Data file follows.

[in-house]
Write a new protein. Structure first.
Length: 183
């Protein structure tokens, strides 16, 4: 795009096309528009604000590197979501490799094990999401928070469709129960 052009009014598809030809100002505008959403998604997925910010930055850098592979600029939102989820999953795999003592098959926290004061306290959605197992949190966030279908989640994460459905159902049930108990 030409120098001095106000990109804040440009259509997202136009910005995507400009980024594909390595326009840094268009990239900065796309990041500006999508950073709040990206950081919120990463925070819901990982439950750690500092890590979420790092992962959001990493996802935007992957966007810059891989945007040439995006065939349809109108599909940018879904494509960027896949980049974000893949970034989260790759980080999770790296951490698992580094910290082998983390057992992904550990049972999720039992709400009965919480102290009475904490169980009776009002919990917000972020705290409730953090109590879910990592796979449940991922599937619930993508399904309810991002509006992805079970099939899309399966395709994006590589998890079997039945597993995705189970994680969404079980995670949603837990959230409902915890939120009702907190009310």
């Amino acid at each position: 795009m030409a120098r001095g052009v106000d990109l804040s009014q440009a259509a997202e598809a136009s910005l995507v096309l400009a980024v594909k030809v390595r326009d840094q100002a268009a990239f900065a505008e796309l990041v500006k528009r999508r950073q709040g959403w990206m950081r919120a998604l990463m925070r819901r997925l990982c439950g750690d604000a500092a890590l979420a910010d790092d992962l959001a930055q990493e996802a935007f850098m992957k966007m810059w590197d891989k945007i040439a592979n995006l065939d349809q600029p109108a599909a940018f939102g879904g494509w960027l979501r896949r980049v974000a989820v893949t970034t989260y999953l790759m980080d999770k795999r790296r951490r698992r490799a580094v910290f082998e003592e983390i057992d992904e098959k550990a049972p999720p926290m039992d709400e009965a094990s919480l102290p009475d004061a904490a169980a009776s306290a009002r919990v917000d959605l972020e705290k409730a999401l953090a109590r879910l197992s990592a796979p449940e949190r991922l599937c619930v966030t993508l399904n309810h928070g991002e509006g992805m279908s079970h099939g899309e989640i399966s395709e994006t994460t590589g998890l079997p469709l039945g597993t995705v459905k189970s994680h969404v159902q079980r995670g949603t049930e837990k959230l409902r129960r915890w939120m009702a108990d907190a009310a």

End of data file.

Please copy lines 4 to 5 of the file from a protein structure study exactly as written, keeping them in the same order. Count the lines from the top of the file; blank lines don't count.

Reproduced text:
């Protein structure tokens, strides 16, 4: 795009096309528009604000590197979501490799094990999401928070469709129960 052009009014598809030809100002505008959403998604997925910010930055850098592979600029939102989820999953795999003592098959926290004061306290959605197992949190966030279908989640994460459905159902049930108990 030409120098001095106000990109804040440009259509997202136009910005995507400009980024594909390595326009840094268009990239900065796309990041500006999508950073709040990206950081919120990463925070819901990982439950750690500092890590979420790092992962959001990493996802935007992957966007810059891989945007040439995006065939349809109108599909940018879904494509960027896949980049974000893949970034989260790759980080999770790296951490698992580094910290082998983390057992992904550990049972999720039992709400009965919480102290009475904490169980009776009002919990917000972020705290409730953090109590879910990592796979449940991922599937619930993508399904309810991002509006992805079970099939899309399966395709994006590589998890079997039945597993995705189970994680969404079980995670949603837990959230409902915890939120009702907190009310």
């Amino acid at each position: 795009m030409a120098r001095g052009v106000d990109l804040s009014q440009a259509a997202e598809a136009s910005l995507v096309l400009a980024v594909k030809v390595r326009d840094q100002a268009a990239f900065a505008e796309l990041v500006k528009r999508r950073q709040g959403w990206m950081r919120a998604l990463m925070r819901r997925l990982c439950g750690d604000a500092a890590l979420a910010d790092d992962l959001a930055q990493e996802a935007f850098m992957k966007m810059w590197d891989k945007i040439a592979n995006l065939d349809q600029p109108a599909a940018f939102g879904g494509w960027l979501r896949r980049v974000a989820v893949t970034t989260y999953l790759m980080d999770k795999r790296r951490r698992r490799a580094v910290f082998e003592e983390i057992d992904e098959k550990a049972p999720p926290m039992d709400e009965a094990s919480l102290p009475d004061a904490a169980a009776s306290a009002r919990v917000d959605l972020e705290k409730a999401l953090a109590r879910l197992s990592a796979p449940e949190r991922l599937c619930v966030t993508l399904n309810h928070g991002e509006g992805m279908s079970h099939g899309e989640i399966s395709e994006t994460t590589g998890l079997p469709l039945g597993t995705v459905k189970s994680h969404v159902q079980r995670g949603t049930e837990k959230l409902r129960r915890w939120m009702a108990d907190a009310a």